We will talk about shoot peas, beets, cilantro (so rich in flavor at this size),  brassicas (kale, broccoli, radish, red or green cabbage and more), sunflower greens, buckwheat lettuce etc.

Come play's an introduction to the easiest garden you have ever dreamed of.

You want to know more...why micro greens and why not just sprouts...check out Jane Riley's article and the one she references:

Hope you will join me now or another class. Aloha!

Saturday, July 6, 2013

Choosing Health over Wealth....

Well not exactly. I love selling at the farmers' market and recently stopped doing so in order to focus on my continued healing, reducing stress to my nervous system and making life even more joy filled. My main goal in growing micro greens is for my family...for our health and well being.  Beyond that everyone to whom I sell or teach is a gift to me.

So in this post, I just want to celebrate the beautiful micros: nutritious, delicious and so vibrant. I find new ways to use them regularly. My new favorite is to cream them into my soup at the end of cooking...and then top the soup with a small cluster of colorful greens. Next time I make soup, I will add a photo. I just made a slightly adapted version of a coconut, cauliflower, cumin soup (a recipe from "Food Babe")...velvety smoothness and great flavor.

Here are some pics of my favorite micros.

Friday, June 21, 2013

Growing More Micro greens and ways to incorporate them into your lifestyle

So, have you tried growing micro greens? If not, you might want to explore many of the websites offering suggestions or you can even get a booklet from me later this summer with a step by step guide to growing the simplest and expanding into many other seed varieties from there.

You will have the benefit of my mistakes, my learning and successes over the past two years in dry and moist climates. I am always happy to offer support to your efforts for growing micro greens. You can contact me at

Also, here I will share a couple of recipes and ways to boost your nutrition by incorporating more greens in both smoothies and soups...with good flavors and yummy combos.

For a delicious smoothie, for one person, I start with a base of

1 cup liquid (juice, coconut water, orange juice or my favorite homemade ginger lemonade...see recipe below)
1 banana (fresh or frozen)
1/2 c. blueberries (fresh or frozen)
1/2 tsp. ground cinnamon
1/4 tsp. ground ginger or a teaspoon of grated fresh ginger
1 cup of micro greens

Additions or options: Add what you like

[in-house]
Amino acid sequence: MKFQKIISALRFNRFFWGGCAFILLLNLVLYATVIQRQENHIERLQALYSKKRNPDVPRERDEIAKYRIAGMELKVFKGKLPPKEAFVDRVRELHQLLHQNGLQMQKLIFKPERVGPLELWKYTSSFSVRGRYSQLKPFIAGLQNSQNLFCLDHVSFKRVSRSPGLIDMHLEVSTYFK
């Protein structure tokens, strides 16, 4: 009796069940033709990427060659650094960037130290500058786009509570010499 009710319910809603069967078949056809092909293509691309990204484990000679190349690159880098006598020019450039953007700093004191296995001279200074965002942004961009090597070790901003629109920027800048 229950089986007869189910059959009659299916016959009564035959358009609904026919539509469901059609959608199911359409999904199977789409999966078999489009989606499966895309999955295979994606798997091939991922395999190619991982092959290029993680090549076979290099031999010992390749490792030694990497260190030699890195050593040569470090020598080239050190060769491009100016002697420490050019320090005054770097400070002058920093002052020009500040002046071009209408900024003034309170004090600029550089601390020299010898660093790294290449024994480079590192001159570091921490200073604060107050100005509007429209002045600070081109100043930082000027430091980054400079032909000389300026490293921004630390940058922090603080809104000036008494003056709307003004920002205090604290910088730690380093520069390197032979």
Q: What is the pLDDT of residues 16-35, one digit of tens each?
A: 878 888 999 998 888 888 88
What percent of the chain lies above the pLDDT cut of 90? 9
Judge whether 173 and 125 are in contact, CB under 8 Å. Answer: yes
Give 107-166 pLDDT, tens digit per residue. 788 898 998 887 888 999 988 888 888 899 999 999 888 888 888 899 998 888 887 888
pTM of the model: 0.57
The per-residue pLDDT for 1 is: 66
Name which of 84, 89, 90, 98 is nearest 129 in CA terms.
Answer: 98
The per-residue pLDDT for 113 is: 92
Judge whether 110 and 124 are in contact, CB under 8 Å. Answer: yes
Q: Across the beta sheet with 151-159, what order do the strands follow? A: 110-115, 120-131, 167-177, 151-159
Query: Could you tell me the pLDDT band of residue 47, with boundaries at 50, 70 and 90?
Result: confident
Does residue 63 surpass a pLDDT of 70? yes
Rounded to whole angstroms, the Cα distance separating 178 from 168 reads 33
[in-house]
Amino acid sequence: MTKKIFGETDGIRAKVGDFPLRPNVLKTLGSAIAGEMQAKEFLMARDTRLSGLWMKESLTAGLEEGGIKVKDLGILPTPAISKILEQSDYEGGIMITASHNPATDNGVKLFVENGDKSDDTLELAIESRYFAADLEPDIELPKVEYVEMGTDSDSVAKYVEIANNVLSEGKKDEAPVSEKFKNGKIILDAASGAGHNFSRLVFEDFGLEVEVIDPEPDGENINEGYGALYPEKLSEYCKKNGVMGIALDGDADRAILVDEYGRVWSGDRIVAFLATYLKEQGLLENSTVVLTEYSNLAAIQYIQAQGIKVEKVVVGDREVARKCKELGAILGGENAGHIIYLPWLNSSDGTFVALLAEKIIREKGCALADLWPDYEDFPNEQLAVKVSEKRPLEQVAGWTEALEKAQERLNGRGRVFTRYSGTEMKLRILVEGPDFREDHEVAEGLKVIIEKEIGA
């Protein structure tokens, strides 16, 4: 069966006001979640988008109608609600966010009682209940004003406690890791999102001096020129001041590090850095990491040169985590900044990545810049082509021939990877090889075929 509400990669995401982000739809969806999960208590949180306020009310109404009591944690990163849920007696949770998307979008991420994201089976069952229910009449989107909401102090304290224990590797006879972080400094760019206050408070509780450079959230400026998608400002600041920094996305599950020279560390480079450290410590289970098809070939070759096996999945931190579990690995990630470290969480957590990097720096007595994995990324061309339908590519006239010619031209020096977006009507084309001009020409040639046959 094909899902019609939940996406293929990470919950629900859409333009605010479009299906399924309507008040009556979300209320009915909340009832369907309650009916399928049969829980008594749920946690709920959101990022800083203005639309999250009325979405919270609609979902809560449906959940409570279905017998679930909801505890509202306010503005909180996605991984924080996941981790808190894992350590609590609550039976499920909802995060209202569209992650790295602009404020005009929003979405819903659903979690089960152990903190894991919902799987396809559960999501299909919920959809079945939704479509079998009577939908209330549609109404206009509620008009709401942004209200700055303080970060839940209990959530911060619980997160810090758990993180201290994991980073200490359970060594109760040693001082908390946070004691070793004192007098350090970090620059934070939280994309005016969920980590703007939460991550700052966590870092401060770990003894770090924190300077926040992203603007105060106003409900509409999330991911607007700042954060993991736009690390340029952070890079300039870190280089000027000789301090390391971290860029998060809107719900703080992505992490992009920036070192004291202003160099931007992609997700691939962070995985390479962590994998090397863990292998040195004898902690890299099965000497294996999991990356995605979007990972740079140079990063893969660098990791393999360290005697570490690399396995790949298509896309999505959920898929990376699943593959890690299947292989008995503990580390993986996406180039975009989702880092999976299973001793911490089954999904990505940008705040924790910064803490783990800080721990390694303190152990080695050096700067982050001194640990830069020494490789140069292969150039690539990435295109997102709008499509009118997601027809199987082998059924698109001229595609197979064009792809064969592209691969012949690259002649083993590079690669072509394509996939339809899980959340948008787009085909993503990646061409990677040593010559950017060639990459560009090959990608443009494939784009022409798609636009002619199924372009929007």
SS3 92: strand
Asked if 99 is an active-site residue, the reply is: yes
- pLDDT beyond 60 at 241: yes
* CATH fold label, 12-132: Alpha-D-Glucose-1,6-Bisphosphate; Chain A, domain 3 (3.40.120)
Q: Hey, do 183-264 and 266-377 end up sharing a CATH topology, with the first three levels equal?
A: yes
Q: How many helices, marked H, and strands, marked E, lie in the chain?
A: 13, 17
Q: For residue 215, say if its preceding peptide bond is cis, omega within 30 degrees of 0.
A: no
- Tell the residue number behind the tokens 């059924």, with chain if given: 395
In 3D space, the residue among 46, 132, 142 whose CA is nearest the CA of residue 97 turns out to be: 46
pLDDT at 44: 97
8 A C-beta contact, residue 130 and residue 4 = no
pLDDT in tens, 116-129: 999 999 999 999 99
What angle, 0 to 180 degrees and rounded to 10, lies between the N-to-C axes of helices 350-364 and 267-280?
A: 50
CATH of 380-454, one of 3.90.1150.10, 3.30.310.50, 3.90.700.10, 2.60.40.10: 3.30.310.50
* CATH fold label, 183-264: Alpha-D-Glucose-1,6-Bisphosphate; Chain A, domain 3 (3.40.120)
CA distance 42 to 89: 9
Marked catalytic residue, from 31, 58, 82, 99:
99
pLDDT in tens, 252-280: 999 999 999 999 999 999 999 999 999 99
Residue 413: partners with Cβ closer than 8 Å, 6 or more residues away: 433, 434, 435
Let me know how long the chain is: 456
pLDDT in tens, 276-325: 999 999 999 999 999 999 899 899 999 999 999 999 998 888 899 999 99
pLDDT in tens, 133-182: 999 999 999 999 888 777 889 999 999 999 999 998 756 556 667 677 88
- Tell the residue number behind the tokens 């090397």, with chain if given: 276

1 piece of juicy fruit (peach, pear, etc.)
1/2 c. soaked almonds or mix with raw sunflower or pumpkin seeds
1 tsp. spirulina
1 tsp. Maca powder
1 tsp. flax or chia seeds

Adjust to your liking and enjoy.

GINGER-LEMONADE- makes enough to last you several days

1/3 c. fresh squeezed lemon juice (not from a jar)
1/3 c. grated, peeled ginger (or chopped)
1/3 c. raw honey
2 qts.  pure water

Bring water to a boil. Turn off and add other ingredients. Cover and let sit overnight or all day. Strain out fruit and adjust to taste if needed. Refrigerate in jars with good seal. It should last 5-7 days in refrigerator.
Great any time or for a sore throat. Add fresh turmeric (grated) if available. Another awesome support to your body.

Saturday, May 11, 2013

Gaia's Spicy Microgreen Slaw

Gaia's Creations is about helping us all make more sustainable food choices. Living on Kauai, we are working to grow all we can and not depend on the mainland for 90% of our food as we have in the past. Many are saving their seeds as well.  For now, my goal with this blog is to encourage as many folks as I can to grow organic microgreens...(tiny greens sprouted and then planted in soil). My local class: FROM SEED TO TABLE IN 7 TO 10 DAYS--offers hands on training. Below this recipe, I offer an intro for all of you. A downloadable booklet with much more information will be available later this year.

Color, Texture and Flavor offer our eyes, nose and  palate a special treat. Here are two easy to grow microgreens in a yummy salad:

Gaia's Spicy Microgreen Slaw

2 cup carrots, peeled and grated
4 cups of shredded red and green cabbage
2 cup jicama, peeled and diced
1/3 c. radish microgreens
1/3 c. broccoli (or kale) microgreens
Optional: 1/2 c.sunflower or pumpkin seeds

I put carrots and cabbage through the food processor with grater blade...quick and easy.
Peel your jicama from the center of top or bottom, and skin will come off more easily.
Mix all but the microgreens in a bowl and toss with your dressing. Let flavors mix for an hour or so.
Then add the microgreens on top with an edible nasturium.

Dressing (This is a generous amount in case you have more vegs.--so go gently)

2/3 c. olive oil
2 tsp. sesame oil
1-2 Tb. Nama Shoyu or tamari
1 Tb.  agave nectar
4 Tb. rice vinegar
1Tb. Dijon mustard (or one of your choice)
2 tsp. fresh peeled and grated ginger or 1 tsp. ginger powder
1 clove minced garlic

Enjoy! Here is a chance to start this week growing your own microgreens. For a downloadable booklet, see below or printed or kindle version from Amazon.


Start with healthy soil and a clean tray with drainage holes. Use fresh, unchlorinated water. Soak desired seeds (not mucilaginous or beets or cilantro) in water from 6-8 hours. Rinse well twice a day, and sprout until tails are 1/4" long; put on well dampened soil, gently pressing down. Cover with 1/8" soil and dampen it.  Cover tray with an inverted tray with holes and keeping lightly moist, allow to grow in the shade till greens are desired height. 
Most important are consistent watering, temperature and indirect light once they have rooted.

For more information, write A simple downloadable (PDF) booklet is available. 

Monday, May 6, 2013

Upcoming Events and Opportunities to Share

My next class will be Sunday, June 16th in Kapa'a at 1pm. I also will be teaching a class at Kauai Athletic Club in Lihue, date still to be determined, and a class for Keiki ...our future farmers!!! Feel free to contact me about any of these events at